November 24, 1996 -- The newest Star Trek movie, the eighth in a series of Trek films, is one of the best so far in what seems to be a never-ending science fiction saga.
First of all, a disclaimer. I am a major Star Trek fan. I've been watching the show since it first aired over 30 years ago. I've seen all of the films and all of the TV shows of all of the various Star Trek spinoff series (except for the animated ones).
"Star Trek: First Contact" stacks up well against the best of the eight films and is much better than the last Star Trek film, "Star Trek: Generations." It is also the first film in the series featuring none of the original television series cast. It literally has gone on to the next generation.
The worst films in the series are the first and fifth films in the series. The best are the fourth, eighth, sixth, third, second and seventh films in the series, in that order. Of course, I'd have to watch them all again to be sure, but that's my recollection. I know a lot of people like the second film, the one where Spock dies, the best. Too bad.
This latest Star Trek film seems to have everything, drama, action, comedy, suspense. It is a very complicated story, as most time-travel stories tend to be. First-time movie director Jonathan Frakes (who also plays first officer Wil Riker) does an excellent job holding the tale together as it weaves through the space-time continuum and holodeck realities.
Frakes' only previous directing experience was to direct some television series episodes. Previously, Leonard Nimoy successfully made the quantum leap from Star Trek actor to successful director (Three Men and a Baby, Star Trek IV).
The film also benefits from some fine acing by Patrick Stewart (captain Jean-Luc Picard), Brent Spiner (Commander Data), Alfre Woodard (Lily Sloane), James Cromwell, II (Zefram Cochrane). They managed to get almost all the usual characters in the film except Guinan (Whoopi Goldberg). She was probably too busy playing the wife of Medgar Evers (Myrlie Evers-Williams) in "Ghosts of Mississippi" to be in this one. They even managed to get a Voyager character in the film, the Doctor (Robert Picardo).
If I am losing you at this point, it means you are not a Star Trek fan. If you don't follow Star Trek, particularly the "Star Trek: The Next Generation" TV series, you will have a difficult time following this movie because it is complex and it uses so many conventions from the series. This is not a big gamble for the studio, however, because there are literally millions of Star Trek fans.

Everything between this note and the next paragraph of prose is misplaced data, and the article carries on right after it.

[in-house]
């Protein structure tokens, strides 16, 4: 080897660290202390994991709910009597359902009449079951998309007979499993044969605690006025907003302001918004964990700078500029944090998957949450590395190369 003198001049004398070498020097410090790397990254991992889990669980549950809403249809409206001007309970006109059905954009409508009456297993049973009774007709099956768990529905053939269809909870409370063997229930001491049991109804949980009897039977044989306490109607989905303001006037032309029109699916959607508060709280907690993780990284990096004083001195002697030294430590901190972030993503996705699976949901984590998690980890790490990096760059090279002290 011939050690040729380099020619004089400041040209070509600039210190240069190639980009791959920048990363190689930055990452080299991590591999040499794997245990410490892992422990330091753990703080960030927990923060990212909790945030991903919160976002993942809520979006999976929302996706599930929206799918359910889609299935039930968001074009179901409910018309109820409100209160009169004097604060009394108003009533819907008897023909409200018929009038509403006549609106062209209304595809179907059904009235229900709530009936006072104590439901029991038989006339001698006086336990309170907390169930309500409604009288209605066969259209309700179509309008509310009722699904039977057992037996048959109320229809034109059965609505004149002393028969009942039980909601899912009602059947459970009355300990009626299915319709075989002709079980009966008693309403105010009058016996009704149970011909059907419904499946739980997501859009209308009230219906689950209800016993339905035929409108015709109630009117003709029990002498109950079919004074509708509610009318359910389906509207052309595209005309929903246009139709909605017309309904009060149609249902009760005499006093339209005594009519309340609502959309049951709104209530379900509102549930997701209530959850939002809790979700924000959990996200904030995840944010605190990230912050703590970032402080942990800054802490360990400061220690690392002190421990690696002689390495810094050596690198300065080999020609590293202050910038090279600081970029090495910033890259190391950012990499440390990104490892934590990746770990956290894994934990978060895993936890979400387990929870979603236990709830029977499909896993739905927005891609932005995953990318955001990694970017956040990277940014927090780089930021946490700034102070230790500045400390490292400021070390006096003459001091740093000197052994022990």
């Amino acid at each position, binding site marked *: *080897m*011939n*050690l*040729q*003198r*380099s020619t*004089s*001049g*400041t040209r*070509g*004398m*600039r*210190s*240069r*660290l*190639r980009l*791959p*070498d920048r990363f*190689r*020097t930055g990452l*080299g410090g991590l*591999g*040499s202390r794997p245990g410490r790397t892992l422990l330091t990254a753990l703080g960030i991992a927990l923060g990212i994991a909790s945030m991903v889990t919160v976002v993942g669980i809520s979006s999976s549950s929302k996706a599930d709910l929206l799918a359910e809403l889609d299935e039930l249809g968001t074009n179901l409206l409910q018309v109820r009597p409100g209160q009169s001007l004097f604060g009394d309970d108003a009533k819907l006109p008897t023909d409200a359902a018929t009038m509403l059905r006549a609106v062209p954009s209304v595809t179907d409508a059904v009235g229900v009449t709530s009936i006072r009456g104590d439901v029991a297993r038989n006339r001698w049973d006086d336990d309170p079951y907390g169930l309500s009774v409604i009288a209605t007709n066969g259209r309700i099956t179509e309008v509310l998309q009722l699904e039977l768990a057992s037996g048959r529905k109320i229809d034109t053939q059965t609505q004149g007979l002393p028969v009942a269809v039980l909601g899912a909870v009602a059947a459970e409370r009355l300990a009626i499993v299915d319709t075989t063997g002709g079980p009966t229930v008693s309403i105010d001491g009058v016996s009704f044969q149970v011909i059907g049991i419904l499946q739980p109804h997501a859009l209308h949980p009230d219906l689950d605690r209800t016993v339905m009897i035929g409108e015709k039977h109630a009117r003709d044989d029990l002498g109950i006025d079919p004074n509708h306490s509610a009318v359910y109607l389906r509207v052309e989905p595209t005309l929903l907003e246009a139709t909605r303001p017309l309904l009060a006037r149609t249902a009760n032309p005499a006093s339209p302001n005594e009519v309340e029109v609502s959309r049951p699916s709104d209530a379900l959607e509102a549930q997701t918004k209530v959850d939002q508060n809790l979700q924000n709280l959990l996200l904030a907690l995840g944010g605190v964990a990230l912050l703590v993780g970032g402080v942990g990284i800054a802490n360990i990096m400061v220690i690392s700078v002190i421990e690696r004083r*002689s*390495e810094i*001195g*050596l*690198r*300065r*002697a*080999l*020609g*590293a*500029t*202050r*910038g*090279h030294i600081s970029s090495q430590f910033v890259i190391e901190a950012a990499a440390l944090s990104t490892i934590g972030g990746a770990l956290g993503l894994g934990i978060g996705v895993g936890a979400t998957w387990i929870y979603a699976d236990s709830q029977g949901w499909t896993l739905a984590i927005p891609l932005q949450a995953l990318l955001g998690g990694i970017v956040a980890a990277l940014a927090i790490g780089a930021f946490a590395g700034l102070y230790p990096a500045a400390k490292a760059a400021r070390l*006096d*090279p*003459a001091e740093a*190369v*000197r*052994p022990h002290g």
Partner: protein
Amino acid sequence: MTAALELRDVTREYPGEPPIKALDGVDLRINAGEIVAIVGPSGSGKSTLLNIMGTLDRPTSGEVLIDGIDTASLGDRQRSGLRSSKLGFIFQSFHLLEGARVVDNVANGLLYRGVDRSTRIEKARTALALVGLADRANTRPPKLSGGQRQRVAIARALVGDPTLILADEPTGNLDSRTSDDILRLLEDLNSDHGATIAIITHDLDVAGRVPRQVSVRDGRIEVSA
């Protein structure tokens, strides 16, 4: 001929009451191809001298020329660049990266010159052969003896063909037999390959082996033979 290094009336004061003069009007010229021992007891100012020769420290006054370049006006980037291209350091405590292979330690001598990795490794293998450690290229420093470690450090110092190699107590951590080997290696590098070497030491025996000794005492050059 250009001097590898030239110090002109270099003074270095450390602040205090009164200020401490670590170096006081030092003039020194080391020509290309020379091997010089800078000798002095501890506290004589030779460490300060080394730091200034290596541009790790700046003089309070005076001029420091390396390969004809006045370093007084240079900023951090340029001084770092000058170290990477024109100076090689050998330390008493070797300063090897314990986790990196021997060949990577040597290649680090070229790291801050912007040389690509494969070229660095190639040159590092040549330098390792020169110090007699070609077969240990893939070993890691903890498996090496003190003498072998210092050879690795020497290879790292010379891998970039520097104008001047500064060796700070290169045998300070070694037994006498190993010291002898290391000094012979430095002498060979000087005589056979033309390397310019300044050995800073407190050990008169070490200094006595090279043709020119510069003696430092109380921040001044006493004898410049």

The story concerns an attack on earth by the evil alien race the Borg. The Enterprise follows a Borg vessel into a techno-babble time field. The rest of the film is spent in a drawn-out battle between the good guys and the Borg in earth's past to prevent the Borg from changing history, namely the first contact with alien species (and I don't mean in Roswell, New Mexico in 1947).
In some ways, this is the darkest of the Star Trek films. It is all-out warfare with all of its hatred and vengeance. That darkness is leavened, however, by patches of comedy. It is a very deft mixture.
The film also benefits from great special effects, fine cinematography by Matthew F. Leonetti and seamless film editing by John W. Wheeler. If they keep making Star Trek movies as good as this one, they'll still be making them when it turns into science fact. It rates an A.
Click here for links to places to buy this movie in video and/or DVD format, the soundtrack, books, even used videos, games and lots of other stuff. I suggest you shop at least two of these places before buying anything. Prices seem to vary continuously. For more information on this film, click on this link to The Internet Movie Database. Type in the name of the movie in the search box and press enter. You will be able to find background information on the film, the actors, and links to much more information.